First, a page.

In its April 20, 1994 commitment order, the trial court concluded that McGaughey is a mentally ill person, as defined by section 253B.02, subdivision 13. The court first found that McGaughey has schizophrenia, a substantial psychiatric disorder. McGaughey does not challenge this conclusion. The court next found that McGaughey poses a substantial likelihood of causing physical harm, "as demonstrated by his recent readmission to FRMC." McGaughey does challenge this conclusion. The court noted that "[a]t Queen [McGaughey] had become labile, was following the nurses, and became extremely inappropriate with sexual comments and behaviors." The court also noted that, while at FRMC, McGaughey "inappropriately touched females, stared at females to the point of making them uncomfortable, and engaged in one incident of masturbation near the head of a female patient who was using the telephone." Finally, the court noted that McGaughey needed assistance with his daily living needs, especially with respect to bathing and to attiring himself in clean clothing.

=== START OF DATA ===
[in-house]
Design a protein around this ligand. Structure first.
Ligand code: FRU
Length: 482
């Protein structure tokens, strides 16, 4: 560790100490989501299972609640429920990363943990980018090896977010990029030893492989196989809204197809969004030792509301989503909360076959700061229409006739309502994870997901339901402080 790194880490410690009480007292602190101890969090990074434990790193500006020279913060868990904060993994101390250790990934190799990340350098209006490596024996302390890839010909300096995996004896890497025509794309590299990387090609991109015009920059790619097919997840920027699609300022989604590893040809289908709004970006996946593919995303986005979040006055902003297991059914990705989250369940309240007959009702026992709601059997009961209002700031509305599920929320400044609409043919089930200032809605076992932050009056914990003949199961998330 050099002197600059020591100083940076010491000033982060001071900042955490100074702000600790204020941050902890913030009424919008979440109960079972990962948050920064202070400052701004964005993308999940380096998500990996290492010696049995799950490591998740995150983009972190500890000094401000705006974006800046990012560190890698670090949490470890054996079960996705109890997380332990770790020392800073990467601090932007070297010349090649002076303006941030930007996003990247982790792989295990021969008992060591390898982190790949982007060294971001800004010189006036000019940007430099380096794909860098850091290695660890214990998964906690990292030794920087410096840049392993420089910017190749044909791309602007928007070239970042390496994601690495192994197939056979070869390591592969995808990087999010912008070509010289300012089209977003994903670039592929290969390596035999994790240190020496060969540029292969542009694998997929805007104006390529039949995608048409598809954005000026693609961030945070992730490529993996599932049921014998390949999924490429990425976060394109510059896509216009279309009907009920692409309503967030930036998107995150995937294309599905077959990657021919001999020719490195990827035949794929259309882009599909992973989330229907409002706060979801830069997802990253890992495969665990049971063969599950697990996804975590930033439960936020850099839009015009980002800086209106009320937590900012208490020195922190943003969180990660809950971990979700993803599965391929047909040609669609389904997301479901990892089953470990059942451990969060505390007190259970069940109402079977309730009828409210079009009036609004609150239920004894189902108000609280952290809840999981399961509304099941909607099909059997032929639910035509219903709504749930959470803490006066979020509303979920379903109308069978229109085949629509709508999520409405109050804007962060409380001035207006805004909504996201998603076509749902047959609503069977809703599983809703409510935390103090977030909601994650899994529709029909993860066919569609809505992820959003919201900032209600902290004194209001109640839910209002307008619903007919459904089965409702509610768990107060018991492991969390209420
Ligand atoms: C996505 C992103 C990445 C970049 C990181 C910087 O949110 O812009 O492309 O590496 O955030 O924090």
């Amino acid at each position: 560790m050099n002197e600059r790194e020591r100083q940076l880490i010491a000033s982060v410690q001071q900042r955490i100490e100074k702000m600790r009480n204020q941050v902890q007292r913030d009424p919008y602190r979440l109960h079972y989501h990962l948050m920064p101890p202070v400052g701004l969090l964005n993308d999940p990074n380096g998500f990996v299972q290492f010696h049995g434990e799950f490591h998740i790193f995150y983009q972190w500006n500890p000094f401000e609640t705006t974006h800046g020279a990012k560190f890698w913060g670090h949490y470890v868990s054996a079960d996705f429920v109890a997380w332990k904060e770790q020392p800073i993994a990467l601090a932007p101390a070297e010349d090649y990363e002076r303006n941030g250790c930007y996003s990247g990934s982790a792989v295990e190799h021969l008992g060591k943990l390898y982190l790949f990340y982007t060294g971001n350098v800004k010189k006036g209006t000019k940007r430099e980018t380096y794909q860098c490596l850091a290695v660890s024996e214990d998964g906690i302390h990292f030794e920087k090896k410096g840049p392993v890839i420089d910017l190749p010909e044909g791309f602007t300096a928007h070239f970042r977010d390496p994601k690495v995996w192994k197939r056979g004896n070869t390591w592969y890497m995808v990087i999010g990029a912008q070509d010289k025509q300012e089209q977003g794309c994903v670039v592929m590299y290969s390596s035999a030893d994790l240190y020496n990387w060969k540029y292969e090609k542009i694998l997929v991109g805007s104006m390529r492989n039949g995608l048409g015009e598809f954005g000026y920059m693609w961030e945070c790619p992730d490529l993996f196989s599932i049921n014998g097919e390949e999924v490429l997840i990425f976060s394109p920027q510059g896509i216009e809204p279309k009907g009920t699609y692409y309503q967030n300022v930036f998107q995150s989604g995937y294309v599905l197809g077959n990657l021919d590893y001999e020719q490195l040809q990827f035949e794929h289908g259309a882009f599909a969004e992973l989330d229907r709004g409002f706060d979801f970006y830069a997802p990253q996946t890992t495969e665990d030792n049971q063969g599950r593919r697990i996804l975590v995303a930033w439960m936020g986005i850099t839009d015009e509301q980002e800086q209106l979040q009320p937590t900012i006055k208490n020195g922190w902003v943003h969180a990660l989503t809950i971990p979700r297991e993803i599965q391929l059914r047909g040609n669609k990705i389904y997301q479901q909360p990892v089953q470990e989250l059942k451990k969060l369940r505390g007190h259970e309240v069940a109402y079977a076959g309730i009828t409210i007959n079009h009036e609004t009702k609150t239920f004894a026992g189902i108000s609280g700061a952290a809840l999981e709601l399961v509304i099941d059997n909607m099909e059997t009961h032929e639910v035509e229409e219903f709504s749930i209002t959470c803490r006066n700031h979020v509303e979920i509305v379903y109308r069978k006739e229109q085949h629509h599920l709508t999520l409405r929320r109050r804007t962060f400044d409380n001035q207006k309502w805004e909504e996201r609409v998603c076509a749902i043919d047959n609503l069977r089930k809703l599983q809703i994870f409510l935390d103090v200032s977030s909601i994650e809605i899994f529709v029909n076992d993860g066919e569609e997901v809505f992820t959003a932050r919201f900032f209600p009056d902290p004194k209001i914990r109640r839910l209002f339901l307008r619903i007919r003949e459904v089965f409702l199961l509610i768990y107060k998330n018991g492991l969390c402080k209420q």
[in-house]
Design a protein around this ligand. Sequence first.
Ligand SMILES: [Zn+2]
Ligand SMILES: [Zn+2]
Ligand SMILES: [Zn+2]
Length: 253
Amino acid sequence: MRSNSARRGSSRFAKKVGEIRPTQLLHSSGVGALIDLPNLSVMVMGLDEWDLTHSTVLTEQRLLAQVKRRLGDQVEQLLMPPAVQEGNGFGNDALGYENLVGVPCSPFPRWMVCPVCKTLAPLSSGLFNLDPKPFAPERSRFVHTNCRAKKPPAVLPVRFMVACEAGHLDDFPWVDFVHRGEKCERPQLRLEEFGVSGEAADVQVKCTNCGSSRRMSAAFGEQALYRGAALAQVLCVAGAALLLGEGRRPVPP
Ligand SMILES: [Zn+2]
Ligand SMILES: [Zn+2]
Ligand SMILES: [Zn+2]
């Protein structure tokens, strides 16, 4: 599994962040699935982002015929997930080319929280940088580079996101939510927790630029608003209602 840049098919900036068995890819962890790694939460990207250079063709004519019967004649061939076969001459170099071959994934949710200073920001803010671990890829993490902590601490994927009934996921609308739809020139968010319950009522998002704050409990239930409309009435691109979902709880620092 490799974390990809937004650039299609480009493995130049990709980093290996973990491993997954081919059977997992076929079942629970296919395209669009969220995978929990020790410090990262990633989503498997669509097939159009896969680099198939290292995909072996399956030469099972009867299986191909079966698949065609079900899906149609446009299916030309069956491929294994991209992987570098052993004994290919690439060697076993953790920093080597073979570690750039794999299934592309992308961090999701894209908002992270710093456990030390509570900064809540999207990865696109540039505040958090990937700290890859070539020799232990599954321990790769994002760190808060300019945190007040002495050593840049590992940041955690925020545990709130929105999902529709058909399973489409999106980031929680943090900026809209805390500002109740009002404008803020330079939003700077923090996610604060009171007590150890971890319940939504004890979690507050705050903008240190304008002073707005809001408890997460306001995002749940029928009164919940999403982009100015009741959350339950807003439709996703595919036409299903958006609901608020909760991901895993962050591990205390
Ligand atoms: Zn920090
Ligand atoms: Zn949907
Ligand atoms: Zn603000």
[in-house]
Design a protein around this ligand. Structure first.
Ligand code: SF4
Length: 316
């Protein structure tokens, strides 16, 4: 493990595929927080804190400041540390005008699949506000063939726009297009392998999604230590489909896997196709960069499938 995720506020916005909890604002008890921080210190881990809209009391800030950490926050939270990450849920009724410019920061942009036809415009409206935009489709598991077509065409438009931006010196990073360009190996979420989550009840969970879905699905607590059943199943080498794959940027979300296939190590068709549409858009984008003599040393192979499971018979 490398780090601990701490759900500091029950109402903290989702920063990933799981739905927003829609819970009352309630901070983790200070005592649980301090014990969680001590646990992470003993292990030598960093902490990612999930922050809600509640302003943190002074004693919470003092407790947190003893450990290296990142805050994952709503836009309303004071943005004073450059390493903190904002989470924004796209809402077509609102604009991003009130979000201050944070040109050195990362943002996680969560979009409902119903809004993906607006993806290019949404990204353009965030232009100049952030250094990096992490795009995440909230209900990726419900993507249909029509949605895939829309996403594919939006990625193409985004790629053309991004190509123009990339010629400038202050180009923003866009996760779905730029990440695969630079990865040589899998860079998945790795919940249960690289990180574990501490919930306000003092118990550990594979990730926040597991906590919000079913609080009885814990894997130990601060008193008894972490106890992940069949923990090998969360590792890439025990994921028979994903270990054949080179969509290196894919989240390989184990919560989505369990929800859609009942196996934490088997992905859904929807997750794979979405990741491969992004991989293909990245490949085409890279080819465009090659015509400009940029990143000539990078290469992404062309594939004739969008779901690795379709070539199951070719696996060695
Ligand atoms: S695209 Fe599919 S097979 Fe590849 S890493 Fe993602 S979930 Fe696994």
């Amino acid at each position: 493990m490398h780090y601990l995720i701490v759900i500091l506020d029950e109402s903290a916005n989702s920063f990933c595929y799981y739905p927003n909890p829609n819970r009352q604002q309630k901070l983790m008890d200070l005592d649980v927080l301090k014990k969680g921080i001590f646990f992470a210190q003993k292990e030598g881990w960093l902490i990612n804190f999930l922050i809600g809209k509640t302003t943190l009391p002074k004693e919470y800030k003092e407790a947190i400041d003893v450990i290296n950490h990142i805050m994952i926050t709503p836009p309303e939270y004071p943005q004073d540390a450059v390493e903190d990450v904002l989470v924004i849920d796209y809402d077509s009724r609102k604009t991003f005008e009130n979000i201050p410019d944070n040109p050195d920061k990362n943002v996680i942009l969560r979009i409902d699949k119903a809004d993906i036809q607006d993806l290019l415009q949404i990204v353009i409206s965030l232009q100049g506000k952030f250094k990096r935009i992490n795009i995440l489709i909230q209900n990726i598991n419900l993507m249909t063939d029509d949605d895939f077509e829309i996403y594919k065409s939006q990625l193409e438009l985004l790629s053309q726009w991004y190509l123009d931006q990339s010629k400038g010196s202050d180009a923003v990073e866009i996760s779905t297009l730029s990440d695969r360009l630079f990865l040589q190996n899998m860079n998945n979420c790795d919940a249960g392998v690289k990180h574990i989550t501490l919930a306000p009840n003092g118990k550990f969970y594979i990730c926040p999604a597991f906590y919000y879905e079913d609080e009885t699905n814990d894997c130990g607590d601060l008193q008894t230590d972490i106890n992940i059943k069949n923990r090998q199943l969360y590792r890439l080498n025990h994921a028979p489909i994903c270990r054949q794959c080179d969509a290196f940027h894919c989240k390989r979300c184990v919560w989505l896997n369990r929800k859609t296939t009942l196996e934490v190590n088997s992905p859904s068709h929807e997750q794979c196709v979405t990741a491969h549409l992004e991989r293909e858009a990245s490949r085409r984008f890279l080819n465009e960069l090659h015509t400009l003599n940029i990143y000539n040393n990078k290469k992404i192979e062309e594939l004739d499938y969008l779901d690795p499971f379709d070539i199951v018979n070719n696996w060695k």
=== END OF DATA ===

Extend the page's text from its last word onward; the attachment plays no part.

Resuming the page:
We conclude that the trial court's findings are insufficient to support the conclusion that McGaughey is a mentally ill person, as defined by the Commitment Act. The record does not show by clear and convincing evidence that McGaughey poses a substantial likelihood of physical harm to himself or to others.
First, none of the witnesses who testified at McGaughey's commitment hearing indicated that McGaughey has at any time failed to obtain necessary food, clothing, shelter, or medical care. McGaughey's case manager at FRMC, Jenny Just, testified that McGaughey had difficulty maintaining hygiene as a result of his intermittent incontinence. Just also speculated as to what McGaughey would do if he were released into the community. She opined that McGaughey would probably provide food and shelter for himself. She did not believe, however, that he would seek medical assistance for mental health issues. Just was also concerned that McGaughey may forget to take his medications on his own, although she acknowledged that, while at FRMC, McGaughey was very compliant with his medications. Just admitted that she had no reason to believe that McGaughey would refuse to take his medications outside of a hospital environment. Nothing in Just's testimony indicates that McGaughey has demonstrated a substantial likelihood of harm to himself by failing to obtain food, clothing, shelter, or medical care. Aside from her testimony about McGaughey's hygiene problems, Just's testimony was entirely based on unsupported speculation. Moreover, McGaughey's intermittent hygiene problems simply do not amount to a substantial likelihood of physical harm to himself.